Was Michael Hastings’ Car Hacked? Richard Clarke Says It’s Possible
The peculiar circumstances of journalist Michael Hastings’ death in Los Angeles last week have extracted a wave of conspiracy theories.
Now there’s another theory to contribute to the paranoia: According to a prominent security analyst, technology exists that could’ve permitted someone to hack his car. Former U.S. National Coordinator for Security, Infrastructure Protection, and Counter-terrorism Richard Clarke told The Huffington Post that what is known about the single-vehicle crash is “consistent with a car cyber attack.”
Clarke said, “There is reason to believe that intelligence agencies for major powers” — including the United States — know how to remotely seize control of a car.
“What has been exposed as a result of some research at universities is that it’s relatively effortless to hack your way into the control system of a car, and to do such things as cause acceleration when the driver doesn’t want acceleration, to throw on the brakes when the driver doesn’t want the brakes on, to launch an air bag,” Clarke told The Huffington Post. “You can do some indeed very devastating things now, through hacking a car, and it’s not that hard.”
“So if there were a cyber attack on the car — and I’m not telling there was,” Clarke added, “I think whoever did it would most likely get away with it.”
Authorities have said that it may take weeks to determine a cause of death for Hastings, but that no foul play is suspected.
Hastings was driving a two thousand thirteen Mercedes C250 coupe when he crashed into a tree on Highland Ave. in Los Angeles at approximately Four:30 am on June Legitimate. Movie posted online displayed the car in flames, and one neighbor told a local news squad she heard a sound like an explosion. Another eyewitness said the car’s engine had been thrown fifty to sixty yards from the car. There were no other vehicles involved in the accident.
The fire was so all-consuming that it took the Los Angeles County coroner’s office two days to identify Hastings’ bod, but Clarke said a cyber attack on the vehicle would have been almost unlikely to trace “even if the dozen or so computers on board hadn’t melted.”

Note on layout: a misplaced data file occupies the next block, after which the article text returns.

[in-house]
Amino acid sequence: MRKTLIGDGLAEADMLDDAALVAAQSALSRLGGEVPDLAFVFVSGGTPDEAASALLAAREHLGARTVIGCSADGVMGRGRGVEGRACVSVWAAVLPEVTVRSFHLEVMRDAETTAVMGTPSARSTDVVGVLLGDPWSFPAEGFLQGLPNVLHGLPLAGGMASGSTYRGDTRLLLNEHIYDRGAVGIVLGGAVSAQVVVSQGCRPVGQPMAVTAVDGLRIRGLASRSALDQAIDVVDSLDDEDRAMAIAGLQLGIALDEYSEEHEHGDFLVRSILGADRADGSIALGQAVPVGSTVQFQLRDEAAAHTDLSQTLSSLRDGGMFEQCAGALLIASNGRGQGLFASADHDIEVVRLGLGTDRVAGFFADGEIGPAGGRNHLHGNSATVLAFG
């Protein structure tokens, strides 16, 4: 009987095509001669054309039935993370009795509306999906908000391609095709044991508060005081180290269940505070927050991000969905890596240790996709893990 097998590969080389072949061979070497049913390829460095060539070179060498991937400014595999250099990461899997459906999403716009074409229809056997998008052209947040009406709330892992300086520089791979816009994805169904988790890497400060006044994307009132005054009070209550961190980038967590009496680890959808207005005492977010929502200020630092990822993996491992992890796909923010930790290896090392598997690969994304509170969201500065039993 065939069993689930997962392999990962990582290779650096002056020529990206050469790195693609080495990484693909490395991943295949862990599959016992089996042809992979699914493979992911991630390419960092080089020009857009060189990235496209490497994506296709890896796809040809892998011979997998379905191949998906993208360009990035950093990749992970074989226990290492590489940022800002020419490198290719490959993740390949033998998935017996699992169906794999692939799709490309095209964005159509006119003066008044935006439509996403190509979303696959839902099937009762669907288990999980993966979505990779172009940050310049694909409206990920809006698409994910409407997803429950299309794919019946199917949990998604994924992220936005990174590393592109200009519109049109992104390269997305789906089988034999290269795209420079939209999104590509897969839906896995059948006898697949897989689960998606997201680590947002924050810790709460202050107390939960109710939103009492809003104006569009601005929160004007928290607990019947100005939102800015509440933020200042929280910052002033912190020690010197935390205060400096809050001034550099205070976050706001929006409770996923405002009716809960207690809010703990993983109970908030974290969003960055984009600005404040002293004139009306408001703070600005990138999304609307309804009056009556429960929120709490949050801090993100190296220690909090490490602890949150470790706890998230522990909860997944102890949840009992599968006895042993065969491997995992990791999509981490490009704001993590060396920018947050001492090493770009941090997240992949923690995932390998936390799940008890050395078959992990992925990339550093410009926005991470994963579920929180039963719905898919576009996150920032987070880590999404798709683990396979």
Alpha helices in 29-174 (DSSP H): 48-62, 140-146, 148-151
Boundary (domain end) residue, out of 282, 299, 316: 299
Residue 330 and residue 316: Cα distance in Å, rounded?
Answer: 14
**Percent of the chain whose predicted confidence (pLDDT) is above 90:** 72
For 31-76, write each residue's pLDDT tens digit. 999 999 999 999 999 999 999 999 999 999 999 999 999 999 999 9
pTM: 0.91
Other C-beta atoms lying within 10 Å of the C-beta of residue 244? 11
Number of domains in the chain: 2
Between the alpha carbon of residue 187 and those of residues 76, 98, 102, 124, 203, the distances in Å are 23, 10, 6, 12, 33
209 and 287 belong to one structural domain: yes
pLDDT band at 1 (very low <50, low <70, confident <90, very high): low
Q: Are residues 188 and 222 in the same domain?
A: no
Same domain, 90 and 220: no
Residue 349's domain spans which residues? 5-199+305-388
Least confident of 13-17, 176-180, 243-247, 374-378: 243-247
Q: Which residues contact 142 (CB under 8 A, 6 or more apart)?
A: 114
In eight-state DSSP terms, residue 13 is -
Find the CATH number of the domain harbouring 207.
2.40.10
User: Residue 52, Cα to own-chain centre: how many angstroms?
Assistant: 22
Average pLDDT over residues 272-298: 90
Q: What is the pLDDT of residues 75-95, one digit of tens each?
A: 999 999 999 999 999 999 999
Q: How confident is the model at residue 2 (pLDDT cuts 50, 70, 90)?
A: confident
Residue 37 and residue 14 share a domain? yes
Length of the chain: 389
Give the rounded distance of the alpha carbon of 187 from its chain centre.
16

Hastings practiced a brand of no-holds-barred journalism that tended to anger powerful people. His two thousand ten profile of Gen. Stanley McChrystal, published in Rolling Stone, was so bruising that it ostensibly prompted President Barack Obama to fire the general (the president denied that the article had a role in his decision).
In the days before his death, Hastings was reportedly working on a story about a lawsuit filed by Jill Kelley, who was involved in the scandal that brought down Gen. David Petraeus, according to the LA Times. KTLA reported that Hastings told colleagues at the news site BuzzFeed that he feared the FBI was investigating him. On June 20, the FBI denied that any investigation was under way.
“I believe the FBI when they say they weren’t investigating him,” said Clarke. “That was very unusual, and I’m sure they checked very cautiously before they said that.”
Clarke worked for the State Department under President Ronald Reagan and headed up counterterrorism efforts under Presidents George H.W. Pubic hair, Bill Clinton and George W. Thicket. He also served as a special adviser on cyberterrorism to the junior Pubic hair and published a book on the topic, Cyber War, in 2010.
“I’m not a conspiracy dude. In fact, I’ve spent most of my life knocking down conspiracy theories,” said Clarke, who ran afoul of the 2nd Thicket administration when he criticized the decision to invade Iraq after 9/11. “But my rule has always been you don’t knock down a conspiracy theory until you can prove it [wrong]. And in the case of Michael Hastings, what evidence is available publicly is consistent with a car cyber attack. And the problem with that is you can’t prove it.”